‘If you’re in a swing state, you got to vote for Hillary’ – Ben and Jerry’s founder on election
They may be ice cream entrepreneurs, but Cohen and co-founder Jerry Greenfield are far from soft when it comes to politics. Both men were detained at demonstrations to fight political corruption and are fervent supporters and friends of Vermont Senator Bernie Sanders.
But now with less than six weeks until Election Day, Cohen hopes that Bernie supporters know when to pick their fights.
Cohen is confident that Sanders will give all of his support to the Clinton campaign’s final push against Republican presidential nominee Donald Trump, but he expressed some concern over whether or not Sanders’ supports will follow suit.
“I think there’s a problem in terms of his supporters. I mean, Hillary is no Bernie Sanders,” he explained to RT’s Ed Schultz. “His supporters came in because he represented a whole new kind of politics and that’s not really what Hillary represents.”
While Cohen strongly believes in a need to change the status quo of US politics, he sees four years under Trump as a bigger risk.
“However you feel about Hillary, the issue of the Supreme Court and the issue of treating African Americans in our country decently. If you believe in those two things, you’ve got to vote for Hillary,” he said.
Although these issues are simple for Cohen, an estimated one-third of Sanders backers do not plan to vote for the Democratic nominee, Fivethirtyeight reported. Clinton and Trump are polling at almost equal numbers, while the Green Party’s Jill Stein is polling at 2 percent and Libertarian Gary Johnson has 7 percent of the general population vote.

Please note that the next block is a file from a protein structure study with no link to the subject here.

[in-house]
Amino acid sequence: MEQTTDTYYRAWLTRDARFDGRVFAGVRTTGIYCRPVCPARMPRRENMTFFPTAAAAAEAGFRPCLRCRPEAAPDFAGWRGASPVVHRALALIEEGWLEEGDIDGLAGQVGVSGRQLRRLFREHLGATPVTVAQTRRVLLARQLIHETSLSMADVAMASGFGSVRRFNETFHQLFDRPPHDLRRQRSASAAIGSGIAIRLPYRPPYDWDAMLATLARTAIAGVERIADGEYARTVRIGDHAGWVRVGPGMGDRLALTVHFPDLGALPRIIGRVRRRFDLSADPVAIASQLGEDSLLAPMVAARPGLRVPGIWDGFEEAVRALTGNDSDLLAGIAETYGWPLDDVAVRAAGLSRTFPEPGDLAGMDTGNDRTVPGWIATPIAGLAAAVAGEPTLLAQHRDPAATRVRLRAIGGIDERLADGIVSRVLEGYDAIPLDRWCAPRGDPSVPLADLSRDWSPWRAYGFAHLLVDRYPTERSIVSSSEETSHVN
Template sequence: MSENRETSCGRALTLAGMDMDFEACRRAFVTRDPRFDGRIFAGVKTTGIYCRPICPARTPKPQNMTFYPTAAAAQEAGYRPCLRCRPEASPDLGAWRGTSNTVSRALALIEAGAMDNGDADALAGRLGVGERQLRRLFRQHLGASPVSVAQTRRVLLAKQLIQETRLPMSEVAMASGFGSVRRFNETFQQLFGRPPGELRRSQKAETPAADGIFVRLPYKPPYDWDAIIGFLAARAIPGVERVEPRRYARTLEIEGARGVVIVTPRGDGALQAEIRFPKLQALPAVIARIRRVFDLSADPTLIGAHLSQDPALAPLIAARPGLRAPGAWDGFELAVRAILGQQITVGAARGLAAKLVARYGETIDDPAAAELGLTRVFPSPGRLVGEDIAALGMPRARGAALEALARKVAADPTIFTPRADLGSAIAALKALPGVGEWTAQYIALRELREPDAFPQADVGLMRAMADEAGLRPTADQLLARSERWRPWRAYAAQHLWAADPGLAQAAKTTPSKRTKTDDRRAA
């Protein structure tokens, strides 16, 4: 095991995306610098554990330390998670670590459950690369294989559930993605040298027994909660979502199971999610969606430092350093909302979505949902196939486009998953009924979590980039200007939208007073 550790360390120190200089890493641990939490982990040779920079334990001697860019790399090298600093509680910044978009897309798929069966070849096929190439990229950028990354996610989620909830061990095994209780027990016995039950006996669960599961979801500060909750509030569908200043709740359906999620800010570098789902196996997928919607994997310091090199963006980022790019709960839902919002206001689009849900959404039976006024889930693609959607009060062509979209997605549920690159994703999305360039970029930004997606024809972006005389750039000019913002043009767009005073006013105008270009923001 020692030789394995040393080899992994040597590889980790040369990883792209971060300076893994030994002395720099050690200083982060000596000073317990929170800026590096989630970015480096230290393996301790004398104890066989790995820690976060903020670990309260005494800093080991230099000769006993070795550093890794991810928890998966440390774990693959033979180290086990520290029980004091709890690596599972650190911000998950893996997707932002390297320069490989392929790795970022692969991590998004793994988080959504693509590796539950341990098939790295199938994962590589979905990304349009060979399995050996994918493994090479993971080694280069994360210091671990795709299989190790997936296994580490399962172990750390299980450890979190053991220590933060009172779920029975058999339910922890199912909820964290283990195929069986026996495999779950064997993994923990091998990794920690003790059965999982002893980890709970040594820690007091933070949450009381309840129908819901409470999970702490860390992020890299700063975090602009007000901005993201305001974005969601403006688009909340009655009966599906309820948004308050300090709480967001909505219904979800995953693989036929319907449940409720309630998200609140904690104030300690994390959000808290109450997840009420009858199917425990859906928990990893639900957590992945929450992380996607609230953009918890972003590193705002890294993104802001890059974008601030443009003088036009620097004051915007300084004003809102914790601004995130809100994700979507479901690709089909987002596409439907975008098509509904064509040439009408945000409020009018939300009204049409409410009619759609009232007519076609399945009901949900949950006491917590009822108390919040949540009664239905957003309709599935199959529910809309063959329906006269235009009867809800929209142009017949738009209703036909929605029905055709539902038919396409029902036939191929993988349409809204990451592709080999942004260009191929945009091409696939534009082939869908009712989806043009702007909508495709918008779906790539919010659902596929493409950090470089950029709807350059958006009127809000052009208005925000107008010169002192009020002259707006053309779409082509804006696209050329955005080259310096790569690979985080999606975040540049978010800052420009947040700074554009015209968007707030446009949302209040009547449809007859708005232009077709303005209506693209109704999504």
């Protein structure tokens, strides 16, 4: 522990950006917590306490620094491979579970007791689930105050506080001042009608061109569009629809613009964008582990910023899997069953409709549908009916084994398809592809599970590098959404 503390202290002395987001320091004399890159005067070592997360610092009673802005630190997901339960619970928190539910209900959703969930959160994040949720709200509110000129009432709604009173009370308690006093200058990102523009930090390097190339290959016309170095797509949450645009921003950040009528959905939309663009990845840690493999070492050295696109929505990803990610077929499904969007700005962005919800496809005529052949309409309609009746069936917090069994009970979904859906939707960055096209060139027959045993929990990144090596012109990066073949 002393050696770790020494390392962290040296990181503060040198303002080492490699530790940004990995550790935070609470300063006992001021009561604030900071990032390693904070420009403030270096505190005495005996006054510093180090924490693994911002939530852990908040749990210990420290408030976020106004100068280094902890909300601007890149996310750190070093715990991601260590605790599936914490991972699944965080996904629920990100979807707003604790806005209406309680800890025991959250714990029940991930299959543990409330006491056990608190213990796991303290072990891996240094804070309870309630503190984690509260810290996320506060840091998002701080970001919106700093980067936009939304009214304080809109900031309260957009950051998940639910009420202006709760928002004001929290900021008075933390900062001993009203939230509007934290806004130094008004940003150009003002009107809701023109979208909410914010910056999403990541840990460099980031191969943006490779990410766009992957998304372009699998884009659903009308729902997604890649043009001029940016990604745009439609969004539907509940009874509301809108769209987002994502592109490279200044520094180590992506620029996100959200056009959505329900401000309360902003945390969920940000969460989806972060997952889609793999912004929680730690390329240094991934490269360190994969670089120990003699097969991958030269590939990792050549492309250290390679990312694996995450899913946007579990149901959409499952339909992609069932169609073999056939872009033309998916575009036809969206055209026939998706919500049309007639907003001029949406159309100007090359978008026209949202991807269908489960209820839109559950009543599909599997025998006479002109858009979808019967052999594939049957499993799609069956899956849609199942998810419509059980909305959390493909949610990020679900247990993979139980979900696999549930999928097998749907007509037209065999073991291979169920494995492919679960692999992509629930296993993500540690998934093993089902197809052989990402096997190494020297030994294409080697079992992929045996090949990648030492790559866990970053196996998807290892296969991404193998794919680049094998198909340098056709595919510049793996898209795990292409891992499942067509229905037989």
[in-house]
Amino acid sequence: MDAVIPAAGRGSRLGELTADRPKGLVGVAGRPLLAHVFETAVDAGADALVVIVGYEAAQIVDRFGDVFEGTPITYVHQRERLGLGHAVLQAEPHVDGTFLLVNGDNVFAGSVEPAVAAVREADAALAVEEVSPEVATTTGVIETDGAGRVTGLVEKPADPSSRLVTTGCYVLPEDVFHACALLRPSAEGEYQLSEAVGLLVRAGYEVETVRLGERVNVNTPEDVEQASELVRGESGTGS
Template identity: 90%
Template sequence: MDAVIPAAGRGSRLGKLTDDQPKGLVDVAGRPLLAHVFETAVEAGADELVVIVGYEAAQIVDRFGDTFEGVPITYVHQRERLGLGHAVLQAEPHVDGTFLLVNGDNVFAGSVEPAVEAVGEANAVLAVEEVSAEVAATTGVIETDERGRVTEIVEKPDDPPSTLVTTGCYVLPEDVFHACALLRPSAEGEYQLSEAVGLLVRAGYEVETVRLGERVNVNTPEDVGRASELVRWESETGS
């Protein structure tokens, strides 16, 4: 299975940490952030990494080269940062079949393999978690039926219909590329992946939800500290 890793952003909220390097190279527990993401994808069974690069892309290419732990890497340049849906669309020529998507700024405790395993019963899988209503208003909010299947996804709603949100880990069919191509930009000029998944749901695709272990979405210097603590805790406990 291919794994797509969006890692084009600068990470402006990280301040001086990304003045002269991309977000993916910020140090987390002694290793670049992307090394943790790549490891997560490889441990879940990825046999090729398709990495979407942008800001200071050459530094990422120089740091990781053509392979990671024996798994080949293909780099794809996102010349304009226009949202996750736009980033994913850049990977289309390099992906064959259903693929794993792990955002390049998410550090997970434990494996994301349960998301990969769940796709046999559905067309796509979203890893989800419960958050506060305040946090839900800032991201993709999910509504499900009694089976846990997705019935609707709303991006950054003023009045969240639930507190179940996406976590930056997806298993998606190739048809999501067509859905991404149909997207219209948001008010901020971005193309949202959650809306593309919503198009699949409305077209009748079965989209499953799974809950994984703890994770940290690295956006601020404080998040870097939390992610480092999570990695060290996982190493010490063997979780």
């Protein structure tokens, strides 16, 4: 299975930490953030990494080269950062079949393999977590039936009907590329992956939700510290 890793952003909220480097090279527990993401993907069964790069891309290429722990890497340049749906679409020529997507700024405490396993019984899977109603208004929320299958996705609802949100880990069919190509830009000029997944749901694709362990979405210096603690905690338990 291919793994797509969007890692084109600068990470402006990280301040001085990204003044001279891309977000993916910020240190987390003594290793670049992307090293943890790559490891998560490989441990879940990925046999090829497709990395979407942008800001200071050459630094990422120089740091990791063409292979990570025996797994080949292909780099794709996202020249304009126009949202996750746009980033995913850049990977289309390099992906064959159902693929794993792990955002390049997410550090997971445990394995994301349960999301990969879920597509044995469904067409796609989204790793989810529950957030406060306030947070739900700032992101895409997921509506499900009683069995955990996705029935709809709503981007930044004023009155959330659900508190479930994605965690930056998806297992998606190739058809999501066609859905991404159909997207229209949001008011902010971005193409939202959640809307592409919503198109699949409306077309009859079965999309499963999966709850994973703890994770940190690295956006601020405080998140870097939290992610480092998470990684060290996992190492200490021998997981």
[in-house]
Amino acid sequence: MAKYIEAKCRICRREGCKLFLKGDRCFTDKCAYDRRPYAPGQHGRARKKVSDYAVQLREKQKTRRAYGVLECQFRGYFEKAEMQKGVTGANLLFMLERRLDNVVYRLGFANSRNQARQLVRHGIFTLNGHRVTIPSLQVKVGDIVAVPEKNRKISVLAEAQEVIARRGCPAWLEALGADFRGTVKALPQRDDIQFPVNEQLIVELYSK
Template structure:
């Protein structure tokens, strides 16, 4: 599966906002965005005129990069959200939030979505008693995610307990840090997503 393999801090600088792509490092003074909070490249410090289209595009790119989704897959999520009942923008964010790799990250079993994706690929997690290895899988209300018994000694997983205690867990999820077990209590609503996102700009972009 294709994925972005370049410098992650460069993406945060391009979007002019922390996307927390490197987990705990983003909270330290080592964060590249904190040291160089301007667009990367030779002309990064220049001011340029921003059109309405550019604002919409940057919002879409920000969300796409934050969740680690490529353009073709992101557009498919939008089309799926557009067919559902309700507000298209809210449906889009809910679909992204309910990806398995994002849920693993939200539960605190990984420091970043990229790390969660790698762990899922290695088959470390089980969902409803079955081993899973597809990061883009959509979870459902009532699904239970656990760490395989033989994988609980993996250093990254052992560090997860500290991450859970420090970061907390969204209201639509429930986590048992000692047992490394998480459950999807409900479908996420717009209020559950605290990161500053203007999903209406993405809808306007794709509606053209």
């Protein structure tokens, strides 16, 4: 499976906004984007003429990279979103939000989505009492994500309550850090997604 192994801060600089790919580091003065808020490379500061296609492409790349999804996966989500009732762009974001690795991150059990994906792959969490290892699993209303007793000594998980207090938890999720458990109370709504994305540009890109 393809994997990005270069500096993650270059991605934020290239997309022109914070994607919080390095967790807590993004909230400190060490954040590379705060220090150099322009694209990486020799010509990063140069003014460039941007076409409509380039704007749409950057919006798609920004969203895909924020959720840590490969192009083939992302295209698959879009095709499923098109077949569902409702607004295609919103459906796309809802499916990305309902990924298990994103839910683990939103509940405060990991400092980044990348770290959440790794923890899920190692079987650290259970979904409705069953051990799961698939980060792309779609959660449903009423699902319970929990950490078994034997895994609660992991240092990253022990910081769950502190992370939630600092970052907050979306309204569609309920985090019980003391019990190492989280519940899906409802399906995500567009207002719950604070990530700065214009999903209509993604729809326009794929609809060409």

Cohen believes that voting for a third party candidate is a worthwhile cause – but only in some cases.
“If you’re in a safe state, I think it’s fine to vote for Jill Stein,” he said, adding, “I think if you’re in a swing state, I think you’ve got to vote for Hillary.”
A Trump presidency to Cohen means the US would become “a horrible, race-baiting place.” He expressed disbelief at the cavalier approach Trump took to praising stop-and-frisk and “law and order.”
The 2016 election is not Cohen’s sole political passion; he also is involved in efforts to overturn the Supreme Court’s decision on Citizens United. For the past four years, Cohen is the brains behind Stamp Stampede, a grassroots effort to spread awareness about the Citizens United ruling that determined money is free speech and can be used to fund political campaigns in a number of shady ways, such as through dark money funds.
“Over at the Stampede, we say if money’s free speech we’re going to make our money scream,” Cohen explained. By stamping various slogans about money in politics, Cohen hopes that along with the 65,000 people who are participated in stamping money, they can get one step closer to fairer politics.